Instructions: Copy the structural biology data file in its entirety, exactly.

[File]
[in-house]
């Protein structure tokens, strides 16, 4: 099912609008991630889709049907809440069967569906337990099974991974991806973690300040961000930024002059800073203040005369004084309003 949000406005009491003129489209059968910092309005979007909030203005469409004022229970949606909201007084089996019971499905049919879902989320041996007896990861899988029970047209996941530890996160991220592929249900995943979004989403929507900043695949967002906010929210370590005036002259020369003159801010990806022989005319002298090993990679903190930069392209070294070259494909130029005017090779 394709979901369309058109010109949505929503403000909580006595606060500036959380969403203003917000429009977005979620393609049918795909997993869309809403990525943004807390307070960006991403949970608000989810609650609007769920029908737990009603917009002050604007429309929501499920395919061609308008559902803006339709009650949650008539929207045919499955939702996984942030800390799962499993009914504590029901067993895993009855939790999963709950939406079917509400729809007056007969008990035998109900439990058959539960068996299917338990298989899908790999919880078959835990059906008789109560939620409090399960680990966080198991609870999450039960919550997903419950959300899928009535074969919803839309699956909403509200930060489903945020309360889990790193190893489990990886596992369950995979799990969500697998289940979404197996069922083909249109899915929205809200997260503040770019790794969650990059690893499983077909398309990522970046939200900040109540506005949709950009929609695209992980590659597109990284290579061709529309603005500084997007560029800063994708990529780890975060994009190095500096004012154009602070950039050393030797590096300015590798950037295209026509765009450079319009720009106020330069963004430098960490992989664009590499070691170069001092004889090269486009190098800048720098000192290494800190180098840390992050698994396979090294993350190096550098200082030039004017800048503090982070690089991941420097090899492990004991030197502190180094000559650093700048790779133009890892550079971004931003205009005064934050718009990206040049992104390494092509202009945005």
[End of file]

[in-house]
């Protein structure tokens, strides 16, 4: 099912609008991630889709049907809440069967569906337990099974991974991806973690300040961000930024002059800073203040005369004084309003 949000406005009491003129489209059968910092309005979007909030203005469409004022229970949606909201007084089996019971499905049919879902989320041996007896990861899988029970047209996941530890996160991220592929249900995943979004989403929507900043695949967002906010929210370590005036002259020369003159801010990806022989005319002298090993990679903190930069392209070294070259494909130029005017090779 394709979901369309058109010109949505929503403000909580006595606060500036959380969403203003917000429009977005979620393609049918795909997993869309809403990525943004807390307070960006991403949970608000989810609650609007769920029908737990009603917009002050604007429309929501499920395919061609308008559902803006339709009650949650008539929207045919499955939702996984942030800390799962499993009914504590029901067993895993009855939790999963709950939406079917509400729809007056007969008990035998109900439990058959539960068996299917338990298989899908790999919880078959835990059906008789109560939620409090399960680990966080198991609870999450039960919550997903419950959300899928009535074969919803839309699956909403509200930060489903945020309360889990790193190893489990990886596992369950995979799990969500697998289940979404197996069922083909249109899915929205809200997260503040770019790794969650990059690893499983077909398309990522970046939200900040109540506005949709950009929609695209992980590659597109990284290579061709529309603005500084997007560029800063994708990529780890975060994009190095500096004012154009602070950039050393030797590096300015590798950037295209026509765009450079319009720009106020330069963004430098960490992989664009590499070691170069001092004889090269486009190098800048720098000192290494800190180098840390992050698994396979090294993350190096550098200082030039004017800048503090982070690089991941420097090899492990004991030197502190180094000559650093700048790779133009890892550079971004931003205009005064934050718009990206040049992104390494092509202009945005």